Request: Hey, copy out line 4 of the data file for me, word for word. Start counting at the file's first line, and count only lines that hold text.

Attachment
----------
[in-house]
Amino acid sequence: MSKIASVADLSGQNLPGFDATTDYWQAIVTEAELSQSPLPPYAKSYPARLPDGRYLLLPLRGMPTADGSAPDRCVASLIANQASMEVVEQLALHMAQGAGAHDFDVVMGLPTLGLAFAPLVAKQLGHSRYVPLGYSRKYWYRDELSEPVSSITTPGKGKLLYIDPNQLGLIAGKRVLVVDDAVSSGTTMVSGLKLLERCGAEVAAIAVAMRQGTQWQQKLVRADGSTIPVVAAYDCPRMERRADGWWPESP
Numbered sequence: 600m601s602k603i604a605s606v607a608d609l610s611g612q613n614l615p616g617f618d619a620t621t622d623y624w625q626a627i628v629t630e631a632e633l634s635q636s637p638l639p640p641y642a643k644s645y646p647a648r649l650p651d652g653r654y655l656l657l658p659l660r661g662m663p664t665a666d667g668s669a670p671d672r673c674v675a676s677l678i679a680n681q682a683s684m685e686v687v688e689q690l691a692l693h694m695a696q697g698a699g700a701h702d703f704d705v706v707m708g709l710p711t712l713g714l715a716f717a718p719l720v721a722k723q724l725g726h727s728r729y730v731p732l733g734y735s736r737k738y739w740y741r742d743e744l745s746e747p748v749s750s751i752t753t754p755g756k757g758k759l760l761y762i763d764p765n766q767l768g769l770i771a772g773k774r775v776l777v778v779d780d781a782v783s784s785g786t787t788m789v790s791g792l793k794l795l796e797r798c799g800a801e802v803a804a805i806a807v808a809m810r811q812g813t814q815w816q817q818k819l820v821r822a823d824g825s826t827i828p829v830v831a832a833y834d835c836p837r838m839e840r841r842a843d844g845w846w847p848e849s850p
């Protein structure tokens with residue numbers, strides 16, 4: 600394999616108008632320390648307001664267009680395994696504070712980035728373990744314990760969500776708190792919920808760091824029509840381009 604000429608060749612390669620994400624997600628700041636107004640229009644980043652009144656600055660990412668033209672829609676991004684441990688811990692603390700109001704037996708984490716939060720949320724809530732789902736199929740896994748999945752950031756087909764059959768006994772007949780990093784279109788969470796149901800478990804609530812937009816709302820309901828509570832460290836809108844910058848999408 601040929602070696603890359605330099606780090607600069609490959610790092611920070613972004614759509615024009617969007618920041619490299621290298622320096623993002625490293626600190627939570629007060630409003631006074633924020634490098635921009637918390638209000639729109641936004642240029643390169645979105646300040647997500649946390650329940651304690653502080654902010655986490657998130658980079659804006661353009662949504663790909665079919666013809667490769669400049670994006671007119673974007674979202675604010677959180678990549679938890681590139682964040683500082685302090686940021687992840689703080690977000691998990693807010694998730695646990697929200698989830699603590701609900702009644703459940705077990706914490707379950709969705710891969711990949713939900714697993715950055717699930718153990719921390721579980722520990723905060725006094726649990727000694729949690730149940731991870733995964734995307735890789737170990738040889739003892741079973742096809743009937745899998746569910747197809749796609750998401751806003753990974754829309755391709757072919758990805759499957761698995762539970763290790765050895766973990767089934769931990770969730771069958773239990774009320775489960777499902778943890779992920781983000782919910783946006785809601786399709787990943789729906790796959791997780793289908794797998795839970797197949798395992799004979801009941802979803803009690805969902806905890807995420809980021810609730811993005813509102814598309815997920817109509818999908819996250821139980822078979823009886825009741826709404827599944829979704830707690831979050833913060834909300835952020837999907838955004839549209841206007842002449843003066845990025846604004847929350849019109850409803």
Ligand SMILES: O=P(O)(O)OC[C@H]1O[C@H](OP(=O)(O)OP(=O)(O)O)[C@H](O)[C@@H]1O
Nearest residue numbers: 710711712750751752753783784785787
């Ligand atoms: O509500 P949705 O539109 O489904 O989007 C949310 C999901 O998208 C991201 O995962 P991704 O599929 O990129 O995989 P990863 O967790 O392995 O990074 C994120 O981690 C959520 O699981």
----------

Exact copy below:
């Protein structure tokens with residue numbers, strides 16, 4: 600394999616108008632320390648307001664267009680395994696504070712980035728373990744314990760969500776708190792919920808760091824029509840381009 604000429608060749612390669620994400624997600628700041636107004640229009644980043652009144656600055660990412668033209672829609676991004684441990688811990692603390700109001704037996708984490716939060720949320724809530732789902736199929740896994748999945752950031756087909764059959768006994772007949780990093784279109788969470796149901800478990804609530812937009816709302820309901828509570832460290836809108844910058848999408 601040929602070696603890359605330099606780090607600069609490959610790092611920070613972004614759509615024009617969007618920041619490299621290298622320096623993002625490293626600190627939570629007060630409003631006074633924020634490098635921009637918390638209000639729109641936004642240029643390169645979105646300040647997500649946390650329940651304690653502080654902010655986490657998130658980079659804006661353009662949504663790909665079919666013809667490769669400049670994006671007119673974007674979202675604010677959180678990549679938890681590139682964040683500082685302090686940021687992840689703080690977000691998990693807010694998730695646990697929200698989830699603590701609900702009644703459940705077990706914490707379950709969705710891969711990949713939900714697993715950055717699930718153990719921390721579980722520990723905060725006094726649990727000694729949690730149940731991870733995964734995307735890789737170990738040889739003892741079973742096809743009937745899998746569910747197809749796609750998401751806003753990974754829309755391709757072919758990805759499957761698995762539970763290790765050895766973990767089934769931990770969730771069958773239990774009320775489960777499902778943890779992920781983000782919910783946006785809601786399709787990943789729906790796959791997780793289908794797998795839970797197949798395992799004979801009941802979803803009690805969902806905890807995420809980021810609730811993005813509102814598309815997920817109509818999908819996250821139980822078979823009886825009741826709404827599944829979704830707690831979050833913060834909300835952020837999907838955004839549209841206007842002449843003066845990025846604004847929350849019109850409803």